We throw away 1.3bn tonnes of food a year, and eat more than is good for us. Greed, says Jay Rayner, is creating a food security crisis that is endangering billions
A chilly late autumn day in 2013 and I am sitting in a central London branch of Pizza Hut trying not to be noticed. I wanted a table towards the back but they directed me instead to one here, in the window. I turn my body away from the glass, but it makes no difference. I am well over six foot, have a chest so big there are plans to build a high-speed rail link between my nipples, and have hair like an unlit bonfire. Plus I whore about on television. Sitting in a public place inconspicuously is not part of my skill set.
Quickly someone tweets that they have spotted me. Oh God. I fear my carefully honed reputation as a paragon of good taste is about to be destroyed. I feel like some Bible-bashing Republican senator who's been caught strapping himself to the wall bars in a secret torture garden, my appalling morals revealed. And so I am forced to explain. Pizza Hut UK has just launched a new product; an item so terrifying, so nightmarish, so clearly the product of a warped and twisted mind in matters edible, that I feel I have no choice but to try it.
I am doing this so others do not have to.
Most of the diners here today are going for the £6.99 all-you-can-eat buffet deal. Not me. I am ordering a large double pepperoni pizza with cheeseburger crust. I am consigning myself to my very own grease-stained, cheese-slicked gastronomic hell. I am doing this to shine a light on the way a deformed model of nutrition has come, in the past year, to play a key part in the debate around global food security.
Quickly it arrives. It's certainly not misnamed. The middle is standard Pizza Hut: a soft doughy base as sodden and limp as a baby's nappy after it's been worn for 10 hours. There is a scab of waxy cheese and flaps of pink salami the colour, worryingly, of a three-year-old girl's party dress. What matters is the crust. Each of the 10 slices has a loop of crisped dough and in the circular fold made by that loop there is a tiny puck of burger, four or so centimetres across and smeared with more cheese. It looks like a fairground carousel realised in food.
When I prise out one of the mini burgers, the greasy, insipid dough beneath looks like the white flesh of an open wound that's been hidden under a plaster. Do I need to tell you that the burger is a sweaty, grey orb of deathly protein? It is advertised as 100% British beef, but origin is irrelevant after this has been done to it. Those poor, poor animals. Surely they could have reached a more dignified end, perhaps by cutting out the trip to Pizza Hut altogether and going straight to landfill?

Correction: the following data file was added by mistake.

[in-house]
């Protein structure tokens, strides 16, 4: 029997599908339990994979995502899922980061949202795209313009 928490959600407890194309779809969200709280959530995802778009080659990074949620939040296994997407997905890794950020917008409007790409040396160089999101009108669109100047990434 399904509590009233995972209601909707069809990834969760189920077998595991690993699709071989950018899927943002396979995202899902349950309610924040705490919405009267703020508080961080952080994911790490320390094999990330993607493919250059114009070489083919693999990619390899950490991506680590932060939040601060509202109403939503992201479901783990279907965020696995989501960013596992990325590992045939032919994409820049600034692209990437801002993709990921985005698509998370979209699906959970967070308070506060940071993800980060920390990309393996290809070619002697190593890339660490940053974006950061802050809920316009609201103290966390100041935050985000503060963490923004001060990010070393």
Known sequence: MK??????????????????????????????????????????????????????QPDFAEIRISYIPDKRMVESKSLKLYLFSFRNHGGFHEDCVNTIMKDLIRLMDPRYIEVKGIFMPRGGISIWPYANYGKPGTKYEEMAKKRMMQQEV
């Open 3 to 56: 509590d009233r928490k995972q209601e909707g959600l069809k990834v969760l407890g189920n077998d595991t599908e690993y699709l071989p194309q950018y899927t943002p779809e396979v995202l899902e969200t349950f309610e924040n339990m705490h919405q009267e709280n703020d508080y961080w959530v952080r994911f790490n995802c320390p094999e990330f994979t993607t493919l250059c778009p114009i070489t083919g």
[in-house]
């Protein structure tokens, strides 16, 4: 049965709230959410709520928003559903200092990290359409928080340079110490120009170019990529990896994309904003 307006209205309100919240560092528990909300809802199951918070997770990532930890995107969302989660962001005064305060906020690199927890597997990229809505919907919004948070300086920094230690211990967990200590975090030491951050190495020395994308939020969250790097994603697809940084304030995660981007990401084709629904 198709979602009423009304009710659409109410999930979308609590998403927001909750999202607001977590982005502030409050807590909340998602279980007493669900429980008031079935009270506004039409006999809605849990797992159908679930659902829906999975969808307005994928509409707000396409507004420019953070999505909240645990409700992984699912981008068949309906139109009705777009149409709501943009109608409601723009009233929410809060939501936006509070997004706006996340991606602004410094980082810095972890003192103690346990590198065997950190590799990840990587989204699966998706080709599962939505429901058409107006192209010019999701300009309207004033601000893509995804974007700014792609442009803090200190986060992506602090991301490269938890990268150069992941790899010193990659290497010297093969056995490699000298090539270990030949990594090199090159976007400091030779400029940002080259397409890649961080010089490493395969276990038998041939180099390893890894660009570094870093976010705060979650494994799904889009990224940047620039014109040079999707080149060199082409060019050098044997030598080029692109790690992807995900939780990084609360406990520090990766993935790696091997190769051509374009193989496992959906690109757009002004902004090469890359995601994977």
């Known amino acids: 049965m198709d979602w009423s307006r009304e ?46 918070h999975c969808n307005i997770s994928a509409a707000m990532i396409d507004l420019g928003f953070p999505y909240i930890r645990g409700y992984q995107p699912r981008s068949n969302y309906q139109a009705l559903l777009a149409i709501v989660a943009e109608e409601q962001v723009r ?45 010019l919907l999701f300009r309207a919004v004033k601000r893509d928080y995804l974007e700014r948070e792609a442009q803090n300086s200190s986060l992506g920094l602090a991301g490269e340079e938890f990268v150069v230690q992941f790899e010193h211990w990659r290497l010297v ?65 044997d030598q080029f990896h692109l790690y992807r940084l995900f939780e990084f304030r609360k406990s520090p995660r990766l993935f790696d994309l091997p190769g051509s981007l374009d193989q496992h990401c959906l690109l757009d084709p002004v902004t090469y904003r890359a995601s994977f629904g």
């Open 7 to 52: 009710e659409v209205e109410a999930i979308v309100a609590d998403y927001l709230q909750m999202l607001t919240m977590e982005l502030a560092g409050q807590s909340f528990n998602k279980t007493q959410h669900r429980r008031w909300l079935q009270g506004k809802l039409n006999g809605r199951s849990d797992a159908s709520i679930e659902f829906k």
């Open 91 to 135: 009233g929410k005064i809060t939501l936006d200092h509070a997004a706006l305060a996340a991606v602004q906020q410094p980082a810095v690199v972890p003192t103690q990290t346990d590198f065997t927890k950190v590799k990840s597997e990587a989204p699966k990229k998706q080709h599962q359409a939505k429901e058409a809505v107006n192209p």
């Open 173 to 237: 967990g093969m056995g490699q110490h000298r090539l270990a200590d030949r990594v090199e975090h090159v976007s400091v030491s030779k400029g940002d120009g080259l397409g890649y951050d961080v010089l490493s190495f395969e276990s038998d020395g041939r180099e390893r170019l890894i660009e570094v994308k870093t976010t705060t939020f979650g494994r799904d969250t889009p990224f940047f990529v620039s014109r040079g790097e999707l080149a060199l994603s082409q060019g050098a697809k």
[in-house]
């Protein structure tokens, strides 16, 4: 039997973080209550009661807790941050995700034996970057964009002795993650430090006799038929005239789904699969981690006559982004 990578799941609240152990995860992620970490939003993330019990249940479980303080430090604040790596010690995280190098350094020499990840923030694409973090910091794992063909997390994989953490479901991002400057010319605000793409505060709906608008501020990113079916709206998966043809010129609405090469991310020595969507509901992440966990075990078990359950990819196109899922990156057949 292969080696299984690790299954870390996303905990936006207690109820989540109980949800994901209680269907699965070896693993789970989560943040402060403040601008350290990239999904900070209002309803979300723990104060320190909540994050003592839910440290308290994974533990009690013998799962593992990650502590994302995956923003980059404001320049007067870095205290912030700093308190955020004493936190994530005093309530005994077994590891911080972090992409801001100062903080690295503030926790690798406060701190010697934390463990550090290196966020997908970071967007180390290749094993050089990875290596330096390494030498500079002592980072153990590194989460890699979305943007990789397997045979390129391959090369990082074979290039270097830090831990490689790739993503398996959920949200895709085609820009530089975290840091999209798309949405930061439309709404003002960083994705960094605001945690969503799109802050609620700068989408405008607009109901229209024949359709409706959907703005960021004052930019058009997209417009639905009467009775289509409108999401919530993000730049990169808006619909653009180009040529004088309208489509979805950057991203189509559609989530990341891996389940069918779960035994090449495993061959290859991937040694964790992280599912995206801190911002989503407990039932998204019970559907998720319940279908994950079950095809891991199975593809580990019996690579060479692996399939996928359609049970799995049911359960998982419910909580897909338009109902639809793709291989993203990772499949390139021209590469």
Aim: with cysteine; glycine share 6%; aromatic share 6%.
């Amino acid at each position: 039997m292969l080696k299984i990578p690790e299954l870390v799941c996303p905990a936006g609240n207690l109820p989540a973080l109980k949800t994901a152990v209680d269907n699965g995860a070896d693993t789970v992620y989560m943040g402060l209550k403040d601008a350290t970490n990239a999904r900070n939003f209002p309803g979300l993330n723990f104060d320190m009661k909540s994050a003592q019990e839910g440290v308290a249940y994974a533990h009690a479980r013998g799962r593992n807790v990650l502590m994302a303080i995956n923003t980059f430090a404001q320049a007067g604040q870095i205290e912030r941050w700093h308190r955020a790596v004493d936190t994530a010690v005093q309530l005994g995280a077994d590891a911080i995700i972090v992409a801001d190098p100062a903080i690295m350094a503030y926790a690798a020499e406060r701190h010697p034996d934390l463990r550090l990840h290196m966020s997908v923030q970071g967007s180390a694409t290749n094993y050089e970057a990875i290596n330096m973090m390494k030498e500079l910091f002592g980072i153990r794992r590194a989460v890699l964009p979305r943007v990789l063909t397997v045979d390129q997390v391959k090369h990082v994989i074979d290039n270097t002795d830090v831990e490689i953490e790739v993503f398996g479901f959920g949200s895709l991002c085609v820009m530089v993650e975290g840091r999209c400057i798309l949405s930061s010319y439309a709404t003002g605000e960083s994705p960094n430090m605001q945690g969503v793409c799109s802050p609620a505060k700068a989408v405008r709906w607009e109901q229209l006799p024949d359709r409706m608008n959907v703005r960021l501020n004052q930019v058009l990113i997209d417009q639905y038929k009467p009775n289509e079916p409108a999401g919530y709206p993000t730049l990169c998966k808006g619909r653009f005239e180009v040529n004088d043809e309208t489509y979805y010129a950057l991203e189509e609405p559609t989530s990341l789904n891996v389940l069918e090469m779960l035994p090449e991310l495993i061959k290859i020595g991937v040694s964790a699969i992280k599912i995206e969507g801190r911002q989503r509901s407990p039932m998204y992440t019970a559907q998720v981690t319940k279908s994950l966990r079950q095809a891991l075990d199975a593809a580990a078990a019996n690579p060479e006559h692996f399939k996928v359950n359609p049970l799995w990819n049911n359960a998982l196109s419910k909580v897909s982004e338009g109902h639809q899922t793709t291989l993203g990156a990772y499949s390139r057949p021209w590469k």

As I bite down on the meat, hot salty water leaks into my mouth. There is the fat-soaked dough, the wretched insult of the cheese sputum, and a general air of desperation and regret.
Pizza Hut UK admits that the cheeseburger crust pizza is 288 calories a slice, or 2,880 for the whole thing, well above an adult male's recommended daily calorie intake and above the previous Pizza Hut big dog. That was the BBQ meat feast stuffed crust, its doughy edges suppurating with cheap cheese, at 2,872 calories. Extrapolating from figures for that BBQ meat feast stuffed crust monstrosity, the cheeseburger crust has north of 120 grams of fat; the recommended daily limit for men is 95 grams. That could be mitigated only if the person who desperately wanted the cheeseburger crust pizza could find a friend with whom to share it. Or quite a few friends. That might prove a challenge.
What's most peculiar about all this is that in March 2011, Pizza Hut, along with many other big players in food retail, signed up to the British government's Responsibility Deal, an attempt to co-ordinate efforts by the food and drink industry to encourage healthier lifestyle choices by the public. One of the core pledges to which Pizza Hut signed up was: "We will encourage and enable people to adopt a healthier diet." And yet here they are, two years later, introducing to their menu an item that looks like it could clog an artery at 20 paces.